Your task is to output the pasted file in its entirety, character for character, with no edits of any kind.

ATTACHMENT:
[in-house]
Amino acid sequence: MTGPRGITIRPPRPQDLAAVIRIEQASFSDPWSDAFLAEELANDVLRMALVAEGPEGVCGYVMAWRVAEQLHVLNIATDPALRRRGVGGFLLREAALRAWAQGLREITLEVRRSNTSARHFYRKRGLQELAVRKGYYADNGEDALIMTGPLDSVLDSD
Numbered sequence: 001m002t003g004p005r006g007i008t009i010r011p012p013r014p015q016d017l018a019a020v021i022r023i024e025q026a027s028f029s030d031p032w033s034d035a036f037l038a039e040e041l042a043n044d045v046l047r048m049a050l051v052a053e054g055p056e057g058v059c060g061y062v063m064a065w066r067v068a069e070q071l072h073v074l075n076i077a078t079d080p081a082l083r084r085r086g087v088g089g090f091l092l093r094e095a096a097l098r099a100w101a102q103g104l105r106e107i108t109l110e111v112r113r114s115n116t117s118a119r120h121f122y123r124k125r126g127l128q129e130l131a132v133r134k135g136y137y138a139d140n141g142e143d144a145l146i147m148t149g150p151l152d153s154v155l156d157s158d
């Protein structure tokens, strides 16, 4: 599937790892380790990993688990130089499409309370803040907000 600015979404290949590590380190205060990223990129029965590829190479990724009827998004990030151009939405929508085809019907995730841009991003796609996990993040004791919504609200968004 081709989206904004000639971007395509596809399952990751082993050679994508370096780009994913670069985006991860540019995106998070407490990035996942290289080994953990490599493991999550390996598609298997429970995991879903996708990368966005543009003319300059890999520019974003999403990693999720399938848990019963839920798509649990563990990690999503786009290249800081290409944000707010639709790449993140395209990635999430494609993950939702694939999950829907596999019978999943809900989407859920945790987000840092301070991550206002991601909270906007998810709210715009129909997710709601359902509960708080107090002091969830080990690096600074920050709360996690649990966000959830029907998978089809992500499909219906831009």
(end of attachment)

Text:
[in-house]
Amino acid sequence: MTGPRGITIRPPRPQDLAAVIRIEQASFSDPWSDAFLAEELANDVLRMALVAEGPEGVCGYVMAWRVAEQLHVLNIATDPALRRRGVGGFLLREAALRAWAQGLREITLEVRRSNTSARHFYRKRGLQELAVRKGYYADNGEDALIMTGPLDSVLDSD
Numbered sequence: 001m002t003g004p005r006g007i008t009i010r011p012p013r014p015q016d017l018a019a020v021i022r023i024e025q026a027s028f029s030d031p032w033s034d035a036f037l038a039e040e041l042a043n044d045v046l047r048m049a050l051v052a053e054g055p056e057g058v059c060g061y062v063m064a065w066r067v068a069e070q071l072h073v074l075n076i077a078t079d080p081a082l083r084r085r086g087v088g089g090f091l092l093r094e095a096a097l098r099a100w101a102q103g104l105r106e107i108t109l110e111v112r113r114s115n116t117s118a119r120h121f122y123r124k125r126g127l128q129e130l131a132v133r134k135g136y137y138a139d140n141g142e143d144a145l146i147m148t149g150p151l152d153s154v155l156d157s158d
């Protein structure tokens, strides 16, 4: 599937790892380790990993688990130089499409309370803040907000 600015979404290949590590380190205060990223990129029965590829190479990724009827998004990030151009939405929508085809019907995730841009991003796609996990993040004791919504609200968004 081709989206904004000639971007395509596809399952990751082993050679994508370096780009994913670069985006991860540019995106998070407490990035996942290289080994953990490599493991999550390996598609298997429970995991879903996708990368966005543009003319300059890999520019974003999403990693999720399938848990019963839920798509649990563990990690999503786009290249800081290409944000707010639709790449993140395209990635999430494609993950939702694939999950829907596999019978999943809900989407859920945790987000840092301070991550206002991601909270906007998810709210715009129909997710709601359902509960708080107090002091969830080990690096600074920050709360996690649990966000959830029907998978089809992500499909219906831009």